Empowering John Stumpf to oversee the bank's culture of down-home American integrity didn't work out great, so the rambling wreck that was once the proud Wells Fargo stagecoach will now be driven by two cowpokes instead of one.
Wells Fargo has changed its boardroom rules to require the roles of chief executive and chairman be kept separate, adding to pressure on other US banks to end the contentious practice of combining the top jobs.The bank, which has been in the spotlight for months over sales malpractice in its branches, had prised apart the two positions when John Stumpf quit suddenly in October. He was replaced by Tim Sloan as chief executive and Stephen Sanger as chairman.
On Thursday, however, Wells went further — saying it had with immediate effect amended the company’s bylaws to mandate the split. The move comes after pressure from shareholders, including state treasurers in Illinois and Connecticut.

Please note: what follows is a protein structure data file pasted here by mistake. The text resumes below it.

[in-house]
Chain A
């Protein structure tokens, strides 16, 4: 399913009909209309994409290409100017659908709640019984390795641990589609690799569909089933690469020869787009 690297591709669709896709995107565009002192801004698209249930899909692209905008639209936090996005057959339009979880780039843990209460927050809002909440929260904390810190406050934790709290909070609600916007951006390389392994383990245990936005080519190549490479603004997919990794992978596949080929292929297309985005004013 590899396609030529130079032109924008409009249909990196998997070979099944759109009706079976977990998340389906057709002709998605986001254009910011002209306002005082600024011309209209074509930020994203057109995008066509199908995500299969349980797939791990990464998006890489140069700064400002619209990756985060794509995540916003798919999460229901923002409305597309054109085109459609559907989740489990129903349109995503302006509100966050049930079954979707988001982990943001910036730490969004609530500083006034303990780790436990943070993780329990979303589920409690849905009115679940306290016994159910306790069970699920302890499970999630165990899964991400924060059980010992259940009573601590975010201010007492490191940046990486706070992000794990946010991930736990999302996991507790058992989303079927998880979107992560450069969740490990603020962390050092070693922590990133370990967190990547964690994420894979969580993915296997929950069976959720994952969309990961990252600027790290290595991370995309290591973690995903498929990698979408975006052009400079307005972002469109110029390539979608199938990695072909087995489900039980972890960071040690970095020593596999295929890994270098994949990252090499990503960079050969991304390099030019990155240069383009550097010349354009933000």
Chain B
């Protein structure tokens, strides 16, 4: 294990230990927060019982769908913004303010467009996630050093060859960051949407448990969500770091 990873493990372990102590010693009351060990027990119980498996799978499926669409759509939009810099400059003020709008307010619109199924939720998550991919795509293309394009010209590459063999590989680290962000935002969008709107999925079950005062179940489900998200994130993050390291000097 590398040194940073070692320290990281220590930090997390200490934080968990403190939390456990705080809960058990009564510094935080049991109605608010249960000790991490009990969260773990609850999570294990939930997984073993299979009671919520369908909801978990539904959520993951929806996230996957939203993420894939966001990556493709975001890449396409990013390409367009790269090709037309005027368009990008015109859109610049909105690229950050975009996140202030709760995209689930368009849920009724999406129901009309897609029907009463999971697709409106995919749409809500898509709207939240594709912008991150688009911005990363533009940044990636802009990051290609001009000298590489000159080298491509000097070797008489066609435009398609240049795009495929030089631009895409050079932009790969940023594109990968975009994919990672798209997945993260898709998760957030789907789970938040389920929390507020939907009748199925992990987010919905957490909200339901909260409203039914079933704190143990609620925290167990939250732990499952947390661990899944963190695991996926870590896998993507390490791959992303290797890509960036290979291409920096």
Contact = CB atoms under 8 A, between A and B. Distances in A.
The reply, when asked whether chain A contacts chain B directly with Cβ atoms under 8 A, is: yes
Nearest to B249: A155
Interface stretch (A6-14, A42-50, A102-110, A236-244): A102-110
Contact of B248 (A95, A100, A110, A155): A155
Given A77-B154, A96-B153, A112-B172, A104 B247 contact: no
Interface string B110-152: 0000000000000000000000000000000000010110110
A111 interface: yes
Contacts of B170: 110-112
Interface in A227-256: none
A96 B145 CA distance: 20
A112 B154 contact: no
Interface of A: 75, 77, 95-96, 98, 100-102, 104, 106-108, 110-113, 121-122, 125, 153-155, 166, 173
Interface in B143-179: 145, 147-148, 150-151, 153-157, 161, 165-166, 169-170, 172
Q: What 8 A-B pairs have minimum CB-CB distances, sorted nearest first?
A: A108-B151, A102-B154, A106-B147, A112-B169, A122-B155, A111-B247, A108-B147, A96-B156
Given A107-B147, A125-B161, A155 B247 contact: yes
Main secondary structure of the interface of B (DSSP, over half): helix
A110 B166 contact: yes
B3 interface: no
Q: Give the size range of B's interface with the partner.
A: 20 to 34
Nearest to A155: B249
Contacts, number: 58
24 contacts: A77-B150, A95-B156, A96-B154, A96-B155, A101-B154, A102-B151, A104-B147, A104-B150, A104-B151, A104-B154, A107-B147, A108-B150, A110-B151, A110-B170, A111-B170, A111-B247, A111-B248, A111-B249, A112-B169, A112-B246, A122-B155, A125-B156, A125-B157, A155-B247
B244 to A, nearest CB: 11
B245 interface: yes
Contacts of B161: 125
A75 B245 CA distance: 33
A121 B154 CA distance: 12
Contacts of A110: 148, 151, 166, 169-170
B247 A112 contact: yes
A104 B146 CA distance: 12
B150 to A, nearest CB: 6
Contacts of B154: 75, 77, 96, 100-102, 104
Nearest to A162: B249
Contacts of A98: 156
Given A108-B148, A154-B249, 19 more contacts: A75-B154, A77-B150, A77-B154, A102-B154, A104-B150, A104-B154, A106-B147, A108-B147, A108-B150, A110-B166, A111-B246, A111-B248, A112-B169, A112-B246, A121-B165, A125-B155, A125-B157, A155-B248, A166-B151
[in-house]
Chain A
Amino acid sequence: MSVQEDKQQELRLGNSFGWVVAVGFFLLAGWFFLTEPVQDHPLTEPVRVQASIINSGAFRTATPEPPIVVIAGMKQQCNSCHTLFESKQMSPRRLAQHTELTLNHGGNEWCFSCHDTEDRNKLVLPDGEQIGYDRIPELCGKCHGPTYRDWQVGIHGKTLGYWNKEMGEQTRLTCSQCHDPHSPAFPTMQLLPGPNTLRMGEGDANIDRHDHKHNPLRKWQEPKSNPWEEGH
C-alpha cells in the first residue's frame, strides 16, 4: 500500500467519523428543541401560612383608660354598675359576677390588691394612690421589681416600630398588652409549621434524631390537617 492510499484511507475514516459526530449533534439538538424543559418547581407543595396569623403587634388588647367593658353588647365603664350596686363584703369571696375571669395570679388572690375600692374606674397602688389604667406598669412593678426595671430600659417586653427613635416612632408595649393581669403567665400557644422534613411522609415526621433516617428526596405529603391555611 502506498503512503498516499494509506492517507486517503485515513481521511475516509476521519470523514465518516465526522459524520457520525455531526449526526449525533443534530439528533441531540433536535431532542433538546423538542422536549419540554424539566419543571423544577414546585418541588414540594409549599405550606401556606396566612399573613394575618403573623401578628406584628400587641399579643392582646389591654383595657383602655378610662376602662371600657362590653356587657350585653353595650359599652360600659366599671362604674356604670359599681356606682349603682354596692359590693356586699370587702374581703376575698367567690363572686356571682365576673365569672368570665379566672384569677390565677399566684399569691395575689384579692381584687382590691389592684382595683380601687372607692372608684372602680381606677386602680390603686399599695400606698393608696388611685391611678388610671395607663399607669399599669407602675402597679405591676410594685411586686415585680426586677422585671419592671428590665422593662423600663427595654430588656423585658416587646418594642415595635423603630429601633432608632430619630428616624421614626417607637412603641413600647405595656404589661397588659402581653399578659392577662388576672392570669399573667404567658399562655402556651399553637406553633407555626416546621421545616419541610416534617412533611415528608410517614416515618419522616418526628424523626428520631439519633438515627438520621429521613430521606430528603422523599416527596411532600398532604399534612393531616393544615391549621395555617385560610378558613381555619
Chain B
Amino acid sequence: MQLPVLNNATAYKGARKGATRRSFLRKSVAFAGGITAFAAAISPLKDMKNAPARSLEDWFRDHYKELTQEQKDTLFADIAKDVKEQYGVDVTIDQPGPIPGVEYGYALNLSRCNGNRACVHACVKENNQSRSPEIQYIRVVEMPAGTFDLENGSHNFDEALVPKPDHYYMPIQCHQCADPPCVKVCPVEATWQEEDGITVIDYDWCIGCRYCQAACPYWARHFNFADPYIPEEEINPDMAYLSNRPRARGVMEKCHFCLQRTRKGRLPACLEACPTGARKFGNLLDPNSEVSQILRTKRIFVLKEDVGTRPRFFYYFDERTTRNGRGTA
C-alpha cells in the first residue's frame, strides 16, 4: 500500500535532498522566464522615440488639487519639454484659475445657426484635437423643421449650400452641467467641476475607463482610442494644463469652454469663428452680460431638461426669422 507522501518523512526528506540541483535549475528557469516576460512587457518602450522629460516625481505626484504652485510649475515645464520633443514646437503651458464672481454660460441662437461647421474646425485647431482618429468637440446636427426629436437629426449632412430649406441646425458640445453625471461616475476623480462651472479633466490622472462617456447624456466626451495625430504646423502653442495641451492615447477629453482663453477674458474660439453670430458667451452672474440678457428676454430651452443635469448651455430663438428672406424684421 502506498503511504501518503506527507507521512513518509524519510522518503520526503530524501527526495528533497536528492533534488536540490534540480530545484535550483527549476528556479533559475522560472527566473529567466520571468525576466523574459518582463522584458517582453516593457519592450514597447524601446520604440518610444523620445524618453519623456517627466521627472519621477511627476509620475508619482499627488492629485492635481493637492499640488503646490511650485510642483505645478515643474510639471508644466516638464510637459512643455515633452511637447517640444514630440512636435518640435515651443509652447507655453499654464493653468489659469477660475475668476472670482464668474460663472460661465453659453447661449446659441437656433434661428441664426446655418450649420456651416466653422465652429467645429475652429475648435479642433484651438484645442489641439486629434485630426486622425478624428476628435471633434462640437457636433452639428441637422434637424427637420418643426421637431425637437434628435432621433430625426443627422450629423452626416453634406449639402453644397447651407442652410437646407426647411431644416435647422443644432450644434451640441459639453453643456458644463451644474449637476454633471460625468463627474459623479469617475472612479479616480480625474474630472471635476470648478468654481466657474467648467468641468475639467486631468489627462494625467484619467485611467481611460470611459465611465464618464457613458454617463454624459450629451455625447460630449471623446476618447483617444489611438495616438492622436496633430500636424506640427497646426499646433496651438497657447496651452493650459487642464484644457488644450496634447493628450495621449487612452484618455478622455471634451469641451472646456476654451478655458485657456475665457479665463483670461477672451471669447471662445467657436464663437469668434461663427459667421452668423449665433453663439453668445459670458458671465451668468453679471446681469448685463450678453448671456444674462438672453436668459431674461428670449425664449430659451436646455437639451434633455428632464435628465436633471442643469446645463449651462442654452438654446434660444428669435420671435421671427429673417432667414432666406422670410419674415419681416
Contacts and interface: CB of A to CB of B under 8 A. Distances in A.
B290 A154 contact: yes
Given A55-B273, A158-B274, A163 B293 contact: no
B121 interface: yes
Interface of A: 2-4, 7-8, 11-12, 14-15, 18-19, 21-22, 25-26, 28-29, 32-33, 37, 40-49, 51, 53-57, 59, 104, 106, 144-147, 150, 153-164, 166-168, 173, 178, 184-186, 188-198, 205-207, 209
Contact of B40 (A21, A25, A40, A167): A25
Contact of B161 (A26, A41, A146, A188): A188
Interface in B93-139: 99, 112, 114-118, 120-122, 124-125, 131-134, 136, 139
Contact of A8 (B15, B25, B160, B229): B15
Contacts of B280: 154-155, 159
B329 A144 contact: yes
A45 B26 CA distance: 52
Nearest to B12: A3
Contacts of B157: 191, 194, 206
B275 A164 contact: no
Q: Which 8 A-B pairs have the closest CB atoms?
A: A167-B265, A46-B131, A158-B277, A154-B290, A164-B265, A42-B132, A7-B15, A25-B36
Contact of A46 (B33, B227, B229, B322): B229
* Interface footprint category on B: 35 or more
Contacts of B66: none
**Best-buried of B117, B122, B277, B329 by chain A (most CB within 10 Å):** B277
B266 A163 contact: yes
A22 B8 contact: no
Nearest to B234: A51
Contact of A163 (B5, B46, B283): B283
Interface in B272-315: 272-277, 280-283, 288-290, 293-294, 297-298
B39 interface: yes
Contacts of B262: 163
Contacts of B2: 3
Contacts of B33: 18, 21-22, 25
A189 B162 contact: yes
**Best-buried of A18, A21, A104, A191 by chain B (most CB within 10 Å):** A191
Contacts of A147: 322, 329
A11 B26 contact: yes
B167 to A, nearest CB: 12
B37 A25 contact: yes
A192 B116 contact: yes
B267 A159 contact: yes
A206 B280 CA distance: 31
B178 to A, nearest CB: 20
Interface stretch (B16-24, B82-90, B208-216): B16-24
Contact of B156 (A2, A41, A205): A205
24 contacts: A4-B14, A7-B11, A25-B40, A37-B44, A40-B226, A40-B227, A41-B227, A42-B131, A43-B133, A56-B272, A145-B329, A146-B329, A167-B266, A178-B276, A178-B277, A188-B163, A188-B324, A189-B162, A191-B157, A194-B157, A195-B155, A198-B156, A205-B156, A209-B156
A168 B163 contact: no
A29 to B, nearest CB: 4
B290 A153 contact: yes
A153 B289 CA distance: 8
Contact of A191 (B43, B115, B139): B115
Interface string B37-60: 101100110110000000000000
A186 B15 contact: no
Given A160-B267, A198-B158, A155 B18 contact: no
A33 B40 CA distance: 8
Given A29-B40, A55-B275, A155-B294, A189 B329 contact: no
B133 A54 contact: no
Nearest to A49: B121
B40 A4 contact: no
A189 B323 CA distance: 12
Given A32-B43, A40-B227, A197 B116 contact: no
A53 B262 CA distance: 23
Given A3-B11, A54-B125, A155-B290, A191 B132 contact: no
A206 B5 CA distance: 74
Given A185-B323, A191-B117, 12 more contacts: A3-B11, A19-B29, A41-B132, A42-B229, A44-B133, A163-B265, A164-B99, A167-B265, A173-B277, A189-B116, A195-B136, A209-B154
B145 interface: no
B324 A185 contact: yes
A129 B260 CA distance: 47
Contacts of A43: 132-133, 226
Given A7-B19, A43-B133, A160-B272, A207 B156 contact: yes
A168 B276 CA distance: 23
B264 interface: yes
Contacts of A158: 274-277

Considering that what ails Wells seems to have infected a good majority of the bank's operations, this decision appears to have less to do with day-to-day repairs of Wells Fargo and more to do with the new regime's subtlety-free campaign to convince America that they're still the good guys. After all, they've tried boring commercials, saccharine holiday commercials, ritual cleansing of some senior people and maybe even decided to engage with pipeline protestors up in North Dakota. And it seems like all of that might end up being as bullshitty as it looks!
Basically, Wells Fargo is waist deep into the making amends portion of its recovery, and apparently the next step is throwing passive-aggressive shade at Jamie, Lloyd and BriMo by implying to the world of finance that creating CEO/Chairmen hybrids is something that naughty banks do.
Whether the other large banks start to follow suit is still up in the air, but we have a rather hard time imagining any reality in which JPMorgan does something because Wells Fargo did it.